February 23, Santa Martha prison, Mexico DF
On the evening of January 5, I was arrested with my comrades Fallon and Carlos for allegedly attacking the office of the Federal Secretary of Communications and Transportation of Mexico, and also a Nissan dealership. Windows were broken and molotov cocktails were thrown inside the ministry, (according to what the evidence says) and inside the new cars of the dealership. Damages are evaluated to more than 70 000 pesos at the ministry and 100 000 pesos at Nissan.
Indeed, I’m an anarchist and live in Montreal, Canada. I was traveling in Mexico, and now my trip is being prolonged some time.
After being arrested, they locked us up for 96 hours, and then transfered us at the Federal Centre of Arraigo – without prior having seen a judge. We were held captive for 40 days. In a cell, 23 hours per day, a cigarette a day, smoked in 10 minutes; 3 meals per day, but with only 10 minutes to eat each time, without talking; not allowed to have a pencil; 9 minutes of phone per day… In short, it was a long wait, and there was nothing more than Mexican “telenovelas” playing on tv all day. Luckily our friends sent us some books! Thanks, I don’t know how I could have survived without.
On day 40, the General Prosecutor of the Republic (PGR – federal) transfered our files to the PGJ (state police) because they have no evidence to charge us of a federal crime. Thus, since February 17, Fallon and I are at “Santa Martha” State penitentiary for women in Mexico City, where we were transfered, and Carlos is at “Oriente” State penitentiary for men 20 minutes from us. Here, it’s a micro-society surrounded by cement and barbed-wire, but where you can do as you wish inside.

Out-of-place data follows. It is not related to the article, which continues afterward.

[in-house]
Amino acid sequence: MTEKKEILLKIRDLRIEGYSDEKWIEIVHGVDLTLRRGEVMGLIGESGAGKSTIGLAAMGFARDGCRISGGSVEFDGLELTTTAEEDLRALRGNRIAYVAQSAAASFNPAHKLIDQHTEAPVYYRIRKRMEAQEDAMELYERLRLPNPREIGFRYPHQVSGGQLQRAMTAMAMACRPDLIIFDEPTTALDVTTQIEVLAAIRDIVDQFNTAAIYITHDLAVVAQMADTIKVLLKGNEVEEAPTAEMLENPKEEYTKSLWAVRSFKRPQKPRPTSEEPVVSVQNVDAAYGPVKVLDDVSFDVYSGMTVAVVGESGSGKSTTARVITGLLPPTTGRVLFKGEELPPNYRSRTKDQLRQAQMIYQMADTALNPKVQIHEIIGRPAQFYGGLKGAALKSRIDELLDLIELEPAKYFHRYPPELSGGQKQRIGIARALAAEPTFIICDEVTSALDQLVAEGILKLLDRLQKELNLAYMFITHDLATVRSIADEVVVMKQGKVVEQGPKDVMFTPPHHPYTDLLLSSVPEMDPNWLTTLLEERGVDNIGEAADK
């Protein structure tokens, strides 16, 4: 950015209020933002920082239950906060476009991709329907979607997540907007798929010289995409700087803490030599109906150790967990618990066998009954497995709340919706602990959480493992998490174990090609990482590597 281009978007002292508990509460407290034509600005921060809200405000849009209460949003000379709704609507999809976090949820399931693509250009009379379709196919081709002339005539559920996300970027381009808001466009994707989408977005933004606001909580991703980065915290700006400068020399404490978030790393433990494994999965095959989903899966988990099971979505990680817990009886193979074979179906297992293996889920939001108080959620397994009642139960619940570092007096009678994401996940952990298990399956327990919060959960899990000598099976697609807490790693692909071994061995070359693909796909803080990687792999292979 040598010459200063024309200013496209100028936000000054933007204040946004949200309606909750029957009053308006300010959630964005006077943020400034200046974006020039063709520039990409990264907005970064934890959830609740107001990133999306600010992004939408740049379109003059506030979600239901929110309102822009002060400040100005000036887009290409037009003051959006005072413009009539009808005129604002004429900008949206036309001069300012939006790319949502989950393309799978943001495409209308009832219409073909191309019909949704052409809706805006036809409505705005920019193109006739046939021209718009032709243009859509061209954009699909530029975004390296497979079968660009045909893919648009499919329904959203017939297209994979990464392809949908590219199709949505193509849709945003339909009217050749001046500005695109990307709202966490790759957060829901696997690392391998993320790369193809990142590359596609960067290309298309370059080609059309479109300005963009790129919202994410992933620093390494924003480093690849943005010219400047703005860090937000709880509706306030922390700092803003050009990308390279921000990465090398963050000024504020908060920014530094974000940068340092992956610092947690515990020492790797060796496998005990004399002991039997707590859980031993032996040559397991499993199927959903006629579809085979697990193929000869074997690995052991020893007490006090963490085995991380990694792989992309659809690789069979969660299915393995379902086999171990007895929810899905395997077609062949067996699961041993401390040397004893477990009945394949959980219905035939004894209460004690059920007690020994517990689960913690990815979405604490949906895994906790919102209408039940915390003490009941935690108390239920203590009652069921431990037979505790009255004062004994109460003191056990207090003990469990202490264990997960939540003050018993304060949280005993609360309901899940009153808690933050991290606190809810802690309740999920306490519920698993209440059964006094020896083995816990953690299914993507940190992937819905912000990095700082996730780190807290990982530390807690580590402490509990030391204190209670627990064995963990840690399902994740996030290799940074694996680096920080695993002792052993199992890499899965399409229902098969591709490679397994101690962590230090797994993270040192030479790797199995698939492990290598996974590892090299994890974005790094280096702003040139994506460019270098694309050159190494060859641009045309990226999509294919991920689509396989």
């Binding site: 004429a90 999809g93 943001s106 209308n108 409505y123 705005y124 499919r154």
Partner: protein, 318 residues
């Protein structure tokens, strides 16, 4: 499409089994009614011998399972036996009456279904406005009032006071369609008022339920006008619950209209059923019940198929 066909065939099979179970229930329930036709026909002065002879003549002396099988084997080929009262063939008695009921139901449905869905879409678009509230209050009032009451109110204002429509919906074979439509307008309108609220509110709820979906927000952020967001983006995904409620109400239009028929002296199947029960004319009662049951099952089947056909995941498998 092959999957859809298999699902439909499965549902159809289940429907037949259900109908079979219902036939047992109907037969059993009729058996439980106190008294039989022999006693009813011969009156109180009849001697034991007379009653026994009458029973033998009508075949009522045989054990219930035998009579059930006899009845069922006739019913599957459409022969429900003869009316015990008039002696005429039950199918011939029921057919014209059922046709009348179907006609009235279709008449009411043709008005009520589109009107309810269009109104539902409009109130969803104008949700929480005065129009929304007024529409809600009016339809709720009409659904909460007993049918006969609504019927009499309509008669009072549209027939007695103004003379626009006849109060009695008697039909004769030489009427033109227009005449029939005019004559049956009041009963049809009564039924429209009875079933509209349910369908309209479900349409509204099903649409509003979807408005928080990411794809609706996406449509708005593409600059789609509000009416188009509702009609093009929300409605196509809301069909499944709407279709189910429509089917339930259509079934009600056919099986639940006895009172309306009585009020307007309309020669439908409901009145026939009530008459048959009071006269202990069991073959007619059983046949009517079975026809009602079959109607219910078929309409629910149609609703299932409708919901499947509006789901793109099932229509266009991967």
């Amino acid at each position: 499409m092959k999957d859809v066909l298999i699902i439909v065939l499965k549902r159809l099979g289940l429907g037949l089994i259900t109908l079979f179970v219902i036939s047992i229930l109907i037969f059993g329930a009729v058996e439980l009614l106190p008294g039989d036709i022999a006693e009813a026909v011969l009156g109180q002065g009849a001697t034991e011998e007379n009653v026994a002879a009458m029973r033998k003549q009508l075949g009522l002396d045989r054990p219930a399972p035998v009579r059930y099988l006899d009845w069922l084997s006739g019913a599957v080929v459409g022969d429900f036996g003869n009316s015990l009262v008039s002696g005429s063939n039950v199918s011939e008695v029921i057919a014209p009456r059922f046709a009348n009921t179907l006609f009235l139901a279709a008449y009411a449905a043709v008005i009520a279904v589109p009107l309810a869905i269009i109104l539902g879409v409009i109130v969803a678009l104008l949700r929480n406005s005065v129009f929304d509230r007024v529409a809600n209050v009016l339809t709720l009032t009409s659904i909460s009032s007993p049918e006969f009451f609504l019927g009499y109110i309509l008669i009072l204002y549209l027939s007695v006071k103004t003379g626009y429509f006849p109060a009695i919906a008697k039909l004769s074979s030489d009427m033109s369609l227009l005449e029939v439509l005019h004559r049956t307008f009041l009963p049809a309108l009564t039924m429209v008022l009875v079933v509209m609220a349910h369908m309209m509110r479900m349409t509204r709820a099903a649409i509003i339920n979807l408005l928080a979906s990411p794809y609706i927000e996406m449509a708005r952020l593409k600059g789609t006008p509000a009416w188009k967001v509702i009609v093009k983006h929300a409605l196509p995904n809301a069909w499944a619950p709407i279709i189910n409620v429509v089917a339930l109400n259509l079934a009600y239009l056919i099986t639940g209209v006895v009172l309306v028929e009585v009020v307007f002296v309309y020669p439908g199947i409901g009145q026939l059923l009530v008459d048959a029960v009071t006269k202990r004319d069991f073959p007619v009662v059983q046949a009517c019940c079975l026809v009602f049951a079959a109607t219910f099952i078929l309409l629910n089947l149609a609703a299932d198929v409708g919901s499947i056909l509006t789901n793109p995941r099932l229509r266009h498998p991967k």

At the moment of writing this text, its 7:30 am. I’m in the yard and I’m looking at the sun rising behind the watchtower occupying the scenery. Actually, I almost feel like I’m in the yard of an apartment block when i look at the building with clothes hanging from windows without bars. There’s plenty of pigeons, garbagecans, yellowed grass, and barbed-wire. There’s also plenty of people with their own stories.
Prisons are necessary for maintaining social peace, as are cops. It is the domination and control that permits this sickening world to persist. Prison means fear, the unknown, shame, solitude, isolation. Society is the domestication of individuals into “good citizens”. Thus, my strength as individual takes root in the refusal of fear being a limit in my life. For sure I’m afraid, like everyone, of many things, but my desires of freedom are stronger. Fear is often constructed, and is deconstructed when we face it. What’s important is to see further, beyond the boundaries and borders, beyond the walls, mountains, rivers and oceans.
I don’t know how long I’m here for, but i don’t feel sorry for myself. I’m confident that outside the struggle goes on, and people meet, love each other, hate each other, live, dammit. In fact I’m not comfortable with people focusing on our case without engaging their own struggles in their own contexts. I believe that the best solidarity is built in the sharing of individual and collective strengths. The worst thing for me would be that nothing goes on outside while were held captive, but I know my friends continue despite the difficulties we must face. My reality as an anarchist in prison is a fact among others with which we have to adapt. The most difficult is often to maintain and protect bonds of trust with comrades whom we have affinity with, for long term thinking. When it is possible, unimaginable possibilities emerge.